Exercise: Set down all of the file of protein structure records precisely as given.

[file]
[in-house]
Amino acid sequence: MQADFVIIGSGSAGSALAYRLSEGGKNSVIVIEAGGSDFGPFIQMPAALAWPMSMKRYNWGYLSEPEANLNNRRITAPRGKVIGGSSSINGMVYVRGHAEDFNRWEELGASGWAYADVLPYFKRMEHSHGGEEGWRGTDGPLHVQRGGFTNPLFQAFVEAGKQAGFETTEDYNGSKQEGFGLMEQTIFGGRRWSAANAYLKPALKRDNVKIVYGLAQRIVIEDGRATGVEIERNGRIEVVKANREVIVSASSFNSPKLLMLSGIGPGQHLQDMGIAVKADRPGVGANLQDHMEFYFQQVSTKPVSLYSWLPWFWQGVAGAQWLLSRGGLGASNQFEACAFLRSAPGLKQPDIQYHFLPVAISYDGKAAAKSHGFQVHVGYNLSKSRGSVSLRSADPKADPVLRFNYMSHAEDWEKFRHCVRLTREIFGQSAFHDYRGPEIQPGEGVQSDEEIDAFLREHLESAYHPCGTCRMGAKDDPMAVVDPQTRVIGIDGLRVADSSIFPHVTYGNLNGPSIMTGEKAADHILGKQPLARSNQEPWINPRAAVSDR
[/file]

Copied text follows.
[in-house]
Amino acid sequence: MQADFVIIGSGSAGSALAYRLSEGGKNSVIVIEAGGSDFGPFIQMPAALAWPMSMKRYNWGYLSEPEANLNNRRITAPRGKVIGGSSSINGMVYVRGHAEDFNRWEELGASGWAYADVLPYFKRMEHSHGGEEGWRGTDGPLHVQRGGFTNPLFQAFVEAGKQAGFETTEDYNGSKQEGFGLMEQTIFGGRRWSAANAYLKPALKRDNVKIVYGLAQRIVIEDGRATGVEIERNGRIEVVKANREVIVSASSFNSPKLLMLSGIGPGQHLQDMGIAVKADRPGVGANLQDHMEFYFQQVSTKPVSLYSWLPWFWQGVAGAQWLLSRGGLGASNQFEACAFLRSAPGLKQPDIQYHFLPVAISYDGKAAAKSHGFQVHVGYNLSKSRGSVSLRSADPKADPVLRFNYMSHAEDWEKFRHCVRLTREIFGQSAFHDYRGPEIQPGEGVQSDEEIDAFLREHLESAYHPCGTCRMGAKDDPMAVVDPQTRVIGIDGLRVADSSIFPHVTYGNLNGPSIMTGEKAADHILGKQPLARSNQEPWINPRAAVSDR